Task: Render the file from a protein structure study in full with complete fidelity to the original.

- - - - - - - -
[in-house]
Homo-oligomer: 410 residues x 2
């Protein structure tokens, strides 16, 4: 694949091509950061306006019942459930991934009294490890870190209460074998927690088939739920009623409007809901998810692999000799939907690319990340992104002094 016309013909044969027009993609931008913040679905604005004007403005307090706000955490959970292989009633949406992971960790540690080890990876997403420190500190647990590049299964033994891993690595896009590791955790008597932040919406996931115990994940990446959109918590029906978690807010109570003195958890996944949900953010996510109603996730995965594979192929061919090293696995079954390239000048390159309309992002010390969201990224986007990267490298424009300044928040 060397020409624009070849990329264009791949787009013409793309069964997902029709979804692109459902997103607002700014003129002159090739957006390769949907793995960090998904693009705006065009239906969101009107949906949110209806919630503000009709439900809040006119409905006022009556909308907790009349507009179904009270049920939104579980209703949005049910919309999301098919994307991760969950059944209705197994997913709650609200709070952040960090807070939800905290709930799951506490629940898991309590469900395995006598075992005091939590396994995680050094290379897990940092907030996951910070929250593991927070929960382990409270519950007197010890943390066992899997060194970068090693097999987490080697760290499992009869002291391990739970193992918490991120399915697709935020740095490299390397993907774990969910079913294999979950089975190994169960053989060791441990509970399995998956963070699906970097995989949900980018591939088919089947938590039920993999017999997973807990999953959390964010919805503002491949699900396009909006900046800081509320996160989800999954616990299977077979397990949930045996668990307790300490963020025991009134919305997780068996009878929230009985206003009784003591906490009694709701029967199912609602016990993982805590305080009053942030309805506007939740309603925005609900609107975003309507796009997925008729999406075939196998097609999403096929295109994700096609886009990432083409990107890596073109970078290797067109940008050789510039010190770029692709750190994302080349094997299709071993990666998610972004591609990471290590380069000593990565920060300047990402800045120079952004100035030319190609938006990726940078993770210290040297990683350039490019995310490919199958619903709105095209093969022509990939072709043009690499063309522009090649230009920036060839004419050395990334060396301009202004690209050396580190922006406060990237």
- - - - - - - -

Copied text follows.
[in-house]
Homo-oligomer: 410 residues x 2
């Protein structure tokens, strides 16, 4: 694949091509950061306006019942459930991934009294490890870190209460074998927690088939739920009623409007809901998810692999000799939907690319990340992104002094 016309013909044969027009993609931008913040679905604005004007403005307090706000955490959970292989009633949406992971960790540690080890990876997403420190500190647990590049299964033994891993690595896009590791955790008597932040919406996931115990994940990446959109918590029906978690807010109570003195958890996944949900953010996510109603996730995965594979192929061919090293696995079954390239000048390159309309992002010390969201990224986007990267490298424009300044928040 060397020409624009070849990329264009791949787009013409793309069964997902029709979804692109459902997103607002700014003129002159090739957006390769949907793995960090998904693009705006065009239906969101009107949906949110209806919630503000009709439900809040006119409905006022009556909308907790009349507009179904009270049920939104579980209703949005049910919309999301098919994307991760969950059944209705197994997913709650609200709070952040960090807070939800905290709930799951506490629940898991309590469900395995006598075992005091939590396994995680050094290379897990940092907030996951910070929250593991927070929960382990409270519950007197010890943390066992899997060194970068090693097999987490080697760290499992009869002291391990739970193992918490991120399915697709935020740095490299390397993907774990969910079913294999979950089975190994169960053989060791441990509970399995998956963070699906970097995989949900980018591939088919089947938590039920993999017999997973807990999953959390964010919805503002491949699900396009909006900046800081509320996160989800999954616990299977077979397990949930045996668990307790300490963020025991009134919305997780068996009878929230009985206003009784003591906490009694709701029967199912609602016990993982805590305080009053942030309805506007939740309603925005609900609107975003309507796009997925008729999406075939196998097609999403096929295109994700096609886009990432083409990107890596073109970078290797067109940008050789510039010190770029692709750190994302080349094997299709071993990666998610972004591609990471290590380069000593990565920060300047990402800045120079952004100035030319190609938006990726940078993770210290040297990683350039490019995310490919199958619903709105095209093969022509990939072709043009690499063309522009090649230009920036060839004419050395990334060396301009202004690209050396580190922006406060990237």